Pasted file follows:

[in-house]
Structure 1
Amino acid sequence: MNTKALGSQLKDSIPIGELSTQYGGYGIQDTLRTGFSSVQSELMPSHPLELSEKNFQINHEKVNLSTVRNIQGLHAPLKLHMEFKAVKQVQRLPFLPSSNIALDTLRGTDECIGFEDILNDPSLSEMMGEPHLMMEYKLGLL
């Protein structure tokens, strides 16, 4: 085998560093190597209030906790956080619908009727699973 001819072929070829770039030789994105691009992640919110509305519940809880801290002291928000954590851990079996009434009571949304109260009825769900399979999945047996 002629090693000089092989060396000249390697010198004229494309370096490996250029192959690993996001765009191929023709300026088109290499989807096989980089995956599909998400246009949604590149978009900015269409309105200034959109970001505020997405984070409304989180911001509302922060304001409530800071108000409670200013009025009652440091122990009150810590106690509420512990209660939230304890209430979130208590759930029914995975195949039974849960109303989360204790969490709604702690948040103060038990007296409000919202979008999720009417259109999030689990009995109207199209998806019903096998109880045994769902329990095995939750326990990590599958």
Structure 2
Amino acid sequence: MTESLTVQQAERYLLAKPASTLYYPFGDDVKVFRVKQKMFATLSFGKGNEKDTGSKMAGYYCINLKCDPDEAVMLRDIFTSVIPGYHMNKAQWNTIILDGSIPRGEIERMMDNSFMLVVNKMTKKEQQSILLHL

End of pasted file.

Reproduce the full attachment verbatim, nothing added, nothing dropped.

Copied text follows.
[in-house]
Structure 1
Amino acid sequence: MNTKALGSQLKDSIPIGELSTQYGGYGIQDTLRTGFSSVQSELMPSHPLELSEKNFQINHEKVNLSTVRNIQGLHAPLKLHMEFKAVKQVQRLPFLPSSNIALDTLRGTDECIGFEDILNDPSLSEMMGEPHLMMEYKLGLL
């Protein structure tokens, strides 16, 4: 085998560093190597209030906790956080619908009727699973 001819072929070829770039030789994105691009992640919110509305519940809880801290002291928000954590851990079996009434009571949304109260009825769900399979999945047996 002629090693000089092989060396000249390697010198004229494309370096490996250029192959690993996001765009191929023709300026088109290499989807096989980089995956599909998400246009949604590149978009900015269409309105200034959109970001505020997405984070409304989180911001509302922060304001409530800071108000409670200013009025009652440091122990009150810590106690509420512990209660939230304890209430979130208590759930029914995975195949039974849960109303989360204790969490709604702690948040103060038990007296409000919202979008999720009417259109999030689990009995109207199209998806019903096998109880045994769902329990095995939750326990990590599958």
Structure 2
Amino acid sequence: MTESLTVQQAERYLLAKPASTLYYPFGDDVKVFRVKQKMFATLSFGKGNEKDTGSKMAGYYCINLKCDPDEAVMLRDIFTSVIPGYHMNKAQWNTIILDGSIPRGEIERMMDNSFMLVVNKMTKKEQQSILLHL